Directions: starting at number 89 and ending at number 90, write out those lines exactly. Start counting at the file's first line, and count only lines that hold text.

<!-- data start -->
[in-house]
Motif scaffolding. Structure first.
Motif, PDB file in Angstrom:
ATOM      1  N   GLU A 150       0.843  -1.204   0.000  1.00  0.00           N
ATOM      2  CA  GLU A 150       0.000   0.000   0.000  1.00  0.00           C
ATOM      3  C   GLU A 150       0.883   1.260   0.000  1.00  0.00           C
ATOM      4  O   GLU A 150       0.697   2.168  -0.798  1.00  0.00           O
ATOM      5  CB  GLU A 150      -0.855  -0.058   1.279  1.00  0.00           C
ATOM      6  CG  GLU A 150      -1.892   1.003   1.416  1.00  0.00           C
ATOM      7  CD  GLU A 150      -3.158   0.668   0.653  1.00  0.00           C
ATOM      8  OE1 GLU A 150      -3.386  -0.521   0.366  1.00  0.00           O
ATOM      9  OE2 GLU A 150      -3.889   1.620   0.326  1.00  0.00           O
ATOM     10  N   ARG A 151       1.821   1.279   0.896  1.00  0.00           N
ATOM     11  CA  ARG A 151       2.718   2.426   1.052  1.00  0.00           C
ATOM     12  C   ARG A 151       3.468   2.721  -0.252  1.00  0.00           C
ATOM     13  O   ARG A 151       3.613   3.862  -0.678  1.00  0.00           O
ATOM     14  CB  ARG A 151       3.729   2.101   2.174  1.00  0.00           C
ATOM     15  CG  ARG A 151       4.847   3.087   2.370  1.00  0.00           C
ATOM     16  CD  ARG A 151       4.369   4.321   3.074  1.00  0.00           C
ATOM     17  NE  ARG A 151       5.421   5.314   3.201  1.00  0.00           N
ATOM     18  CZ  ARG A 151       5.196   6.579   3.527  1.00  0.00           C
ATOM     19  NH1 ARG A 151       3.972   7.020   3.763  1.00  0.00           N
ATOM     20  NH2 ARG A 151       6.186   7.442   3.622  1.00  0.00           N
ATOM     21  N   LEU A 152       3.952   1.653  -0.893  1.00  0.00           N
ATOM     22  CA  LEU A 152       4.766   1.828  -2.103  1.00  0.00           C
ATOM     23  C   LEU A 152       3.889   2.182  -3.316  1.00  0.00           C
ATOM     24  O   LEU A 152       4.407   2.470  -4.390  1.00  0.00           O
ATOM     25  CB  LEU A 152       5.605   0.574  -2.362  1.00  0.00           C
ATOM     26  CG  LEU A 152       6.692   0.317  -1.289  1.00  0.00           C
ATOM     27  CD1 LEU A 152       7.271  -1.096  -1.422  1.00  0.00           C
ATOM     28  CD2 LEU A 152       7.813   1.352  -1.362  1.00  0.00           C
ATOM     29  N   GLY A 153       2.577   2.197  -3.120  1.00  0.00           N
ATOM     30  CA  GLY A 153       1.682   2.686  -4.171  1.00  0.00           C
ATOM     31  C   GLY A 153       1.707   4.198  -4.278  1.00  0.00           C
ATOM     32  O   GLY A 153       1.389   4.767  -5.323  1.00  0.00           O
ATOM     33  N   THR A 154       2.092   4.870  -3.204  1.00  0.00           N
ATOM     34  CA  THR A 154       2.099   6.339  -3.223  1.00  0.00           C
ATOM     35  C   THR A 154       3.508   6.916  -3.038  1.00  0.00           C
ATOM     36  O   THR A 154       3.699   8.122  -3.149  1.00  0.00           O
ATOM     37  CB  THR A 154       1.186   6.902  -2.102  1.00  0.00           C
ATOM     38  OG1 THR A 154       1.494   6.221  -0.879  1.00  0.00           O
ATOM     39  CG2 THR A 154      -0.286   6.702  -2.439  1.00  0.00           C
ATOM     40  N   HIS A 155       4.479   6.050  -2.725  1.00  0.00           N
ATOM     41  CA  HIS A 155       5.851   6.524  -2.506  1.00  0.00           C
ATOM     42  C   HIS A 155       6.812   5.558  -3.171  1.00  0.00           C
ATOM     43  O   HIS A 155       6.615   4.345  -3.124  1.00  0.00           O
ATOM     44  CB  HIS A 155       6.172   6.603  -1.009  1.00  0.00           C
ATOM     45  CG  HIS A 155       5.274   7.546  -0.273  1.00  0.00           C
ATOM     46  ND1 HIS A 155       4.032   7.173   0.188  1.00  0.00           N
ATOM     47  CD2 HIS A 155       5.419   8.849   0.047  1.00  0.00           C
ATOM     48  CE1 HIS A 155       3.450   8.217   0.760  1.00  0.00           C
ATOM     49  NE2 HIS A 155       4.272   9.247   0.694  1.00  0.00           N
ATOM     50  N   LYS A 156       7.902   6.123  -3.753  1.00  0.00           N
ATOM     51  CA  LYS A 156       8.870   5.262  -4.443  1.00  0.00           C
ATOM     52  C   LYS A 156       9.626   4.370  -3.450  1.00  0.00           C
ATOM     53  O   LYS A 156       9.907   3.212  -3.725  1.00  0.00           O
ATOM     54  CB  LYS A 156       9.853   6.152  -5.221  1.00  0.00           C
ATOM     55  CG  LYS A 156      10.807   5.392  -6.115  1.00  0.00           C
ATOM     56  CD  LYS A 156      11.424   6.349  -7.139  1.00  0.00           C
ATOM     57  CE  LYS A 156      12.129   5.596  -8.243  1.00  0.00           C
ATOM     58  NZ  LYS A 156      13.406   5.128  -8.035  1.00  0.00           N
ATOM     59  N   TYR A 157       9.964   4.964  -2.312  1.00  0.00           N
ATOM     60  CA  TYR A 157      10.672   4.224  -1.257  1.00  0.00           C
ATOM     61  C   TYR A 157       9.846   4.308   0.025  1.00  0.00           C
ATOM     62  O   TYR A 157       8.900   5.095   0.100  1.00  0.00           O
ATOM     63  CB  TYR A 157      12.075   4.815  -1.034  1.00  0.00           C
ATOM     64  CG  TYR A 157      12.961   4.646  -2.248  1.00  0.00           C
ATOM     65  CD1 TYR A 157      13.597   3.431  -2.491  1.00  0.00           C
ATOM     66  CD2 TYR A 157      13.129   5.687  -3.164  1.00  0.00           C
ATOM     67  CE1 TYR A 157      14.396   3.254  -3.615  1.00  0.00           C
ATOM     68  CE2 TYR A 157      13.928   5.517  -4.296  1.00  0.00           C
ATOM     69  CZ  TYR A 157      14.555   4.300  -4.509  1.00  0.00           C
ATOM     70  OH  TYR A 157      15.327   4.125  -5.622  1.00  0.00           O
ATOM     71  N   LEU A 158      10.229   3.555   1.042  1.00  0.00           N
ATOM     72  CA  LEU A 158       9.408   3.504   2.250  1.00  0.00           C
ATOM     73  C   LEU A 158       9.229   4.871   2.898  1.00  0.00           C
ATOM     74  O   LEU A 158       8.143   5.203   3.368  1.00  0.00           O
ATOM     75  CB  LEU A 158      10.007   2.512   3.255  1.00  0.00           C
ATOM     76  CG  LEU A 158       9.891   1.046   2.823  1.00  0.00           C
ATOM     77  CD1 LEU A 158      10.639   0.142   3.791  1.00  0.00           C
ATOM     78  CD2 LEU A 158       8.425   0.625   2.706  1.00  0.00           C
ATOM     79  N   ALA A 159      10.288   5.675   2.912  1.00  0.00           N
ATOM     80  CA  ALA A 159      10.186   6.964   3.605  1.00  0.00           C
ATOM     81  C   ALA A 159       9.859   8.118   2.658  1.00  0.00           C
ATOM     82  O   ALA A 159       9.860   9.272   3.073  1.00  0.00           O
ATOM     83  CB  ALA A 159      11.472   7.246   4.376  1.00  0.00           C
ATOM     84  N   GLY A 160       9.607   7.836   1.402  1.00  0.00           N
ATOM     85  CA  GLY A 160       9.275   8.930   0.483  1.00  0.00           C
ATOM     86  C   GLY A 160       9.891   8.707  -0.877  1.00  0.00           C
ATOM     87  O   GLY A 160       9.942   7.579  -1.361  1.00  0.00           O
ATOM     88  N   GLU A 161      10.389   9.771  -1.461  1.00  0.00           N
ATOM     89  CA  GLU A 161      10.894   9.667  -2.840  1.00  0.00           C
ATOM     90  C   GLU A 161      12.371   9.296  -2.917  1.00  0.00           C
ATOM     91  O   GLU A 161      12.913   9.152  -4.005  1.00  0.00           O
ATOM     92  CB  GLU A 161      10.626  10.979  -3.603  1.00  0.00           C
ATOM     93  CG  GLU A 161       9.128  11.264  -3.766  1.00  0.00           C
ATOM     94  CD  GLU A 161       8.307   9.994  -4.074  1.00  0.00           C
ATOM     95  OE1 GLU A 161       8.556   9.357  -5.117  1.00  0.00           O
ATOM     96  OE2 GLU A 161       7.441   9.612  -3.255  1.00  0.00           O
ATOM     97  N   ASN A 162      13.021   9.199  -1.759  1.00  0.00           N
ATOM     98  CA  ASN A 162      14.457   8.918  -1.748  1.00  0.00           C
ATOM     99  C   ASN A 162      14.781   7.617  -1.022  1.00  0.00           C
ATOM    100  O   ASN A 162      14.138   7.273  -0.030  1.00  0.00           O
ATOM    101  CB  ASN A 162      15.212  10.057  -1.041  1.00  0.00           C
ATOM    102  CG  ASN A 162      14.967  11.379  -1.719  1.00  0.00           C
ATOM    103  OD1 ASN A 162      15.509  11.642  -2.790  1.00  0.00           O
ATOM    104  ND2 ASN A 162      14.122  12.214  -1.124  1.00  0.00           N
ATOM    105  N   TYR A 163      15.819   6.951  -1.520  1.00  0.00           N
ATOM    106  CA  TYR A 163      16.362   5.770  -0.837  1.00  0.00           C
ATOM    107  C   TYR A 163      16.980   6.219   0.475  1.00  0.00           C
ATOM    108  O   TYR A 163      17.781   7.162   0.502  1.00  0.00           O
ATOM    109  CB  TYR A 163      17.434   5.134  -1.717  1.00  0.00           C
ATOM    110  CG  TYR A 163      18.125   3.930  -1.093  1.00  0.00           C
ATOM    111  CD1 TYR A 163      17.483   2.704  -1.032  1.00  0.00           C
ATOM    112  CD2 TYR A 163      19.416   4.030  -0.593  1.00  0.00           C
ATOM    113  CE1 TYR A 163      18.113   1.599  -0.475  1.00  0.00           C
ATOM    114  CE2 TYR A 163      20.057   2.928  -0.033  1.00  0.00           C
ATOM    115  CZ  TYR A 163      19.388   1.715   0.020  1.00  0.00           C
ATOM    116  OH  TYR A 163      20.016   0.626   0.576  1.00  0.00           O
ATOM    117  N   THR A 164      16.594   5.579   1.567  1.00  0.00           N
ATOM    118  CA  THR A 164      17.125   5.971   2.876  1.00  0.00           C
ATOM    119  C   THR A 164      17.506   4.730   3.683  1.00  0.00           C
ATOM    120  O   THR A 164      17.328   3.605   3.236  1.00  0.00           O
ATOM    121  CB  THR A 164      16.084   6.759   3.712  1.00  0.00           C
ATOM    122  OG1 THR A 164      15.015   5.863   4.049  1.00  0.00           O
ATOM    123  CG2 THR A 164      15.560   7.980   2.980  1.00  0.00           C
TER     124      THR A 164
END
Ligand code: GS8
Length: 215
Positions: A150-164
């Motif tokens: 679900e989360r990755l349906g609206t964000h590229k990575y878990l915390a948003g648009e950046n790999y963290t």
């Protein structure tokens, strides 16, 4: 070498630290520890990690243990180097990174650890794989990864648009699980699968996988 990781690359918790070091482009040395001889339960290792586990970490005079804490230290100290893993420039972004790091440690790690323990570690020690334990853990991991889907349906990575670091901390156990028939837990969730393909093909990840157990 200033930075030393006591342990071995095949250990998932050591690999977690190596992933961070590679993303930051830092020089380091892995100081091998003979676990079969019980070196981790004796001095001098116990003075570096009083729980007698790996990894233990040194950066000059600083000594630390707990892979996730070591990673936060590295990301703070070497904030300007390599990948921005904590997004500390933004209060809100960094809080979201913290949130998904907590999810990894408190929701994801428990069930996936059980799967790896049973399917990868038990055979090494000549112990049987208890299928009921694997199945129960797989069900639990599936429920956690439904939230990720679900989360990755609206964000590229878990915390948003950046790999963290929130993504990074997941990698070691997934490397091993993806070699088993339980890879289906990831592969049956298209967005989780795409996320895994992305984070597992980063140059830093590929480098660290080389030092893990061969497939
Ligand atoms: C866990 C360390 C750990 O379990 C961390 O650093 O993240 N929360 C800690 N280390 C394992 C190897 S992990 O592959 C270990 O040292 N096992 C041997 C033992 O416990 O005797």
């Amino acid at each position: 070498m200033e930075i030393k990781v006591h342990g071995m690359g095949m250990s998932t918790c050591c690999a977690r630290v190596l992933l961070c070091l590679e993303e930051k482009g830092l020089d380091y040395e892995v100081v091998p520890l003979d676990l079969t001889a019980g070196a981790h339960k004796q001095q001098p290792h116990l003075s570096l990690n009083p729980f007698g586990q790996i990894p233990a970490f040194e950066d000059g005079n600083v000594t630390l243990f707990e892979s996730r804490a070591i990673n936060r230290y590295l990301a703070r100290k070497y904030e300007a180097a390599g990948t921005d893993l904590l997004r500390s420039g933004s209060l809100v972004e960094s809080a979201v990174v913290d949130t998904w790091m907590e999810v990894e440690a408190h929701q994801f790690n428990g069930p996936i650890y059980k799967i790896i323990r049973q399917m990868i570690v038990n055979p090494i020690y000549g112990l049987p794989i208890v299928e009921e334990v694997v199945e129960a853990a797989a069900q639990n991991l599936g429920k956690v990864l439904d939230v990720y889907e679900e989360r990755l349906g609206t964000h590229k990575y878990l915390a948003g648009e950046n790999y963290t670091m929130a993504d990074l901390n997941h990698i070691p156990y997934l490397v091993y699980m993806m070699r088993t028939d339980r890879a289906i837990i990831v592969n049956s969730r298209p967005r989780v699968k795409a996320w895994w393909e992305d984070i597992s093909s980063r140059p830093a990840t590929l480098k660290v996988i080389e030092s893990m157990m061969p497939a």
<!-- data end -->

ATOM     86  C   GLY A 160       9.891   8.707  -0.877  1.00  0.00           C
ATOM     87  O   GLY A 160       9.942   7.579  -1.361  1.00  0.00           O